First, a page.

Japan in World War II
During the 1930s and through World War II, the Japanese military controlled the government of Japan. Unlike Germany and Italy, Japan did not have a dictator, but an oligarchic and militaristic system ruling the country. Japan admired Hitler’s regime and used the Nazis to advance Japan’s military, but this member of the Axis power ruled differently and fought differently than its European allies. Japan, during World War II, made history by attacking Pearl Harbor, quickly conquering vast territories in the Pacific, defying the Geneva Convention by mistreating prisoners of war, and fighting to the death with legendary kamikazes.
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General Hideki Tojo—The Dominant leader of Japan during World War II
Adolf Hitler, Winston Churchill, and Franklin Roosevelt are popular figures associated with the Second World War, but Japan was also a prominent part of the war, yet those who led this country are often forgotten in popular history. General Hideki Tojo rose in the ranks of the Japanese military and government until he consolidated power. While Hideki Tojo never reigned supreme like Hitler or Stalin, he led the military force that controlled Japan.
Hideki Tojo was born into a military family and graduated from the Imperial Military Academy and the Military Staff College. He served as a military attaché at the Japanese embassy in Berlin after World War I. This time abroad displayed Tojo’s talent for leadership and field command to the military in Japan, and he was promoted to lead the 1st Infantry Regiment of the Japanese Army. In 1938, when Japan invaded China, Hideki Tojo became vice-minister of war. He also enthusiastically supported the Tripartite Pact with Germany and Italy in 1940. Tojo liked Germany and supported fascist doctrines, but he also desired this alliance because he mistrusted the Soviet Union. Tojo, as early as 1938, had advocated a joint invasion of China and the Soviet Union as a pre-emptive attack on Stalin’s empire. While Tojo supported war with the Soviet Union, he did not want with the United States. However, after Hideki Tojo became Prime Minister of Japan in 1941 and the U.S. set an embargo on oil to Japan, he realized that if negotiations failed, war was necessary. Tojo supported the devastating attack on the American military bases at Pearl Harbor; the invasions of the Philippines, Singapore, and other territories; and the terrifying treatment of prisoners of war. He served as Prime Minister and Minister of War consecutively until 1944. When the Japanese invasion of the Marianas Islands failed in July 1944, Tojo resigned from his office along with his entire cabinet. After he tried unsuccessfully to shoot himself, he was arrested and tried for war crimes in April 1946. Tojo and many other Japanese military leaders were convicted and hanged for their roles in World War II.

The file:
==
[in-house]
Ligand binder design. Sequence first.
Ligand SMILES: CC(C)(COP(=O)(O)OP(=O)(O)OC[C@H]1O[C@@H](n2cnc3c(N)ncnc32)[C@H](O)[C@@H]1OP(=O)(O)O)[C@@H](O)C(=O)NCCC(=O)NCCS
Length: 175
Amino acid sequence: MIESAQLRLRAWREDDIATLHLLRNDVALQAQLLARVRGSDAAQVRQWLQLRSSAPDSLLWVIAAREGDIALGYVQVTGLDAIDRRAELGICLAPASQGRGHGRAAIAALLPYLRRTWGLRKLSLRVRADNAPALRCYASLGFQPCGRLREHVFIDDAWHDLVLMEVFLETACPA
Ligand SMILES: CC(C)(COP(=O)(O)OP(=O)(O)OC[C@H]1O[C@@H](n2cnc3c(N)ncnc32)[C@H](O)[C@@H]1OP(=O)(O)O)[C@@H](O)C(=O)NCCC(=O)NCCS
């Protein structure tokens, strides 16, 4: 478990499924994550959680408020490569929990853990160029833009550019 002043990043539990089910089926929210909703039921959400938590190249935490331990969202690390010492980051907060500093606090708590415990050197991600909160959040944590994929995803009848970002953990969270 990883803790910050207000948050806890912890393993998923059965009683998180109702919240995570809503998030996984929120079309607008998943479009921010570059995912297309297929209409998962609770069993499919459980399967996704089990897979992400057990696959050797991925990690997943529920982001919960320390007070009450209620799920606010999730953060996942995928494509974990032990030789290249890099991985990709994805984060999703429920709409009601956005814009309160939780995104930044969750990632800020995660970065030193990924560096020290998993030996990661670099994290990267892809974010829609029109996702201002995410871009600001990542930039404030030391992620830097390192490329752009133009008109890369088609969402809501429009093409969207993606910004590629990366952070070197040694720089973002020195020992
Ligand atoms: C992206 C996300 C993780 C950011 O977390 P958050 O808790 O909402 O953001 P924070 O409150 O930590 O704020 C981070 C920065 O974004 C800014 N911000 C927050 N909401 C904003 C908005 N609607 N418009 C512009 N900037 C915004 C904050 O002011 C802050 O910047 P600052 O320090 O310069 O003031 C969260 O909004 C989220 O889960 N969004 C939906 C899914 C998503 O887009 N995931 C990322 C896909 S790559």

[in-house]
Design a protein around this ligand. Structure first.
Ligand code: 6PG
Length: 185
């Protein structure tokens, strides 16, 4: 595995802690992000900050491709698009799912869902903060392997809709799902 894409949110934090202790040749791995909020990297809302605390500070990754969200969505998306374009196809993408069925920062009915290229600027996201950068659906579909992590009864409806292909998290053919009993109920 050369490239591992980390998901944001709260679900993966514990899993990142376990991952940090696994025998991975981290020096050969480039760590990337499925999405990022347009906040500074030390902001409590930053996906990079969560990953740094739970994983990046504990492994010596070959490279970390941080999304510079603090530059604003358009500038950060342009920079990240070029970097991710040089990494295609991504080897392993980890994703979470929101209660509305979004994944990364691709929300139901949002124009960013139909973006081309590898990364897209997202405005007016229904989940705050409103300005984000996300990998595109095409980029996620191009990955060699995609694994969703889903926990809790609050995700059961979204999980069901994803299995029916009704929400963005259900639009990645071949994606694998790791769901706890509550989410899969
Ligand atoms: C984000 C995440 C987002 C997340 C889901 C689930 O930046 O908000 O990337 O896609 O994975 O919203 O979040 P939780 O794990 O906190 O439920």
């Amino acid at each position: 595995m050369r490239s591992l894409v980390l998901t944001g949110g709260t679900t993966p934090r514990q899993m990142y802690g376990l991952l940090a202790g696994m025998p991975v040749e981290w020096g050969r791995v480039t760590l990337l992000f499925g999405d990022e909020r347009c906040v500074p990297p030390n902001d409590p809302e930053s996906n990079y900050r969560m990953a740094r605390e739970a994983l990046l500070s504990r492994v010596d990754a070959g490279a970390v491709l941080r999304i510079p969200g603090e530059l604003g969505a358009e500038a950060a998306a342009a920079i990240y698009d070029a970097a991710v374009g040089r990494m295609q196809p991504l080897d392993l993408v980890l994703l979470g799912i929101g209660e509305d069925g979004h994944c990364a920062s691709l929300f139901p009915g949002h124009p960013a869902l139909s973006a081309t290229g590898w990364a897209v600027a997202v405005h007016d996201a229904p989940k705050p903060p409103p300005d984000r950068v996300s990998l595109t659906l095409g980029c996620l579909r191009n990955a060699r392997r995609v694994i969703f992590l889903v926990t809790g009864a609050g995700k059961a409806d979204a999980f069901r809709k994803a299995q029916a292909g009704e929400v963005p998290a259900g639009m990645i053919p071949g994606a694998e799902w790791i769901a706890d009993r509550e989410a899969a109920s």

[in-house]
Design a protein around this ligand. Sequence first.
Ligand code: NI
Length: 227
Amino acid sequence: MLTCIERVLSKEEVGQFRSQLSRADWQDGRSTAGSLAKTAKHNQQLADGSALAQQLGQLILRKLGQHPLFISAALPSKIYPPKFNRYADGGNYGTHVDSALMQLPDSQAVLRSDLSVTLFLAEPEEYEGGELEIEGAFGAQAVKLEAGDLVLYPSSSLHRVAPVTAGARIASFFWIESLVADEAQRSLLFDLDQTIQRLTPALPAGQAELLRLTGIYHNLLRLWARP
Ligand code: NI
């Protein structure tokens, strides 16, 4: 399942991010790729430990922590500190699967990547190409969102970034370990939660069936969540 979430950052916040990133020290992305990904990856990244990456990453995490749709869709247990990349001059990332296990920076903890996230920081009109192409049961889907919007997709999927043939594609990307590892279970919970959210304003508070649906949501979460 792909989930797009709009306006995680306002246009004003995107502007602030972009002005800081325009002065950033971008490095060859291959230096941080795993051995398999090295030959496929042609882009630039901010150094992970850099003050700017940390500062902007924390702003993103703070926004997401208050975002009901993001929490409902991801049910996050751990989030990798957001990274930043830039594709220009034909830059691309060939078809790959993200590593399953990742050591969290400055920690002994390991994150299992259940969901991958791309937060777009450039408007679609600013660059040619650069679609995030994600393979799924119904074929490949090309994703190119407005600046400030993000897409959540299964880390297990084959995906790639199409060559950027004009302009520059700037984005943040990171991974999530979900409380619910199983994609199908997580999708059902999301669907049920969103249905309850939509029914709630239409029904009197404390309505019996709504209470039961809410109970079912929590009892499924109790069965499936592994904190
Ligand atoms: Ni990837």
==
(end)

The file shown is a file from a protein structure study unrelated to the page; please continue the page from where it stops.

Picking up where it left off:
Hideki Tojo served as a dictator in many ways, although he was not all-powerful like Hitler and Mussolini. He supported fascist doctrines, but he could not institute many ideas because he had to answer to the military oligarchy that ruled Japan. The military leaders, in many ways led by Hideki Tojo, are remembered as a group that committed terrible war crimes and achieved great victory before great defeat. Tojo sat at the front of it all, from the invasion of China, to Pearl Harbor, and the devastating atomic bombs that forced his country to declare unconditional surrender.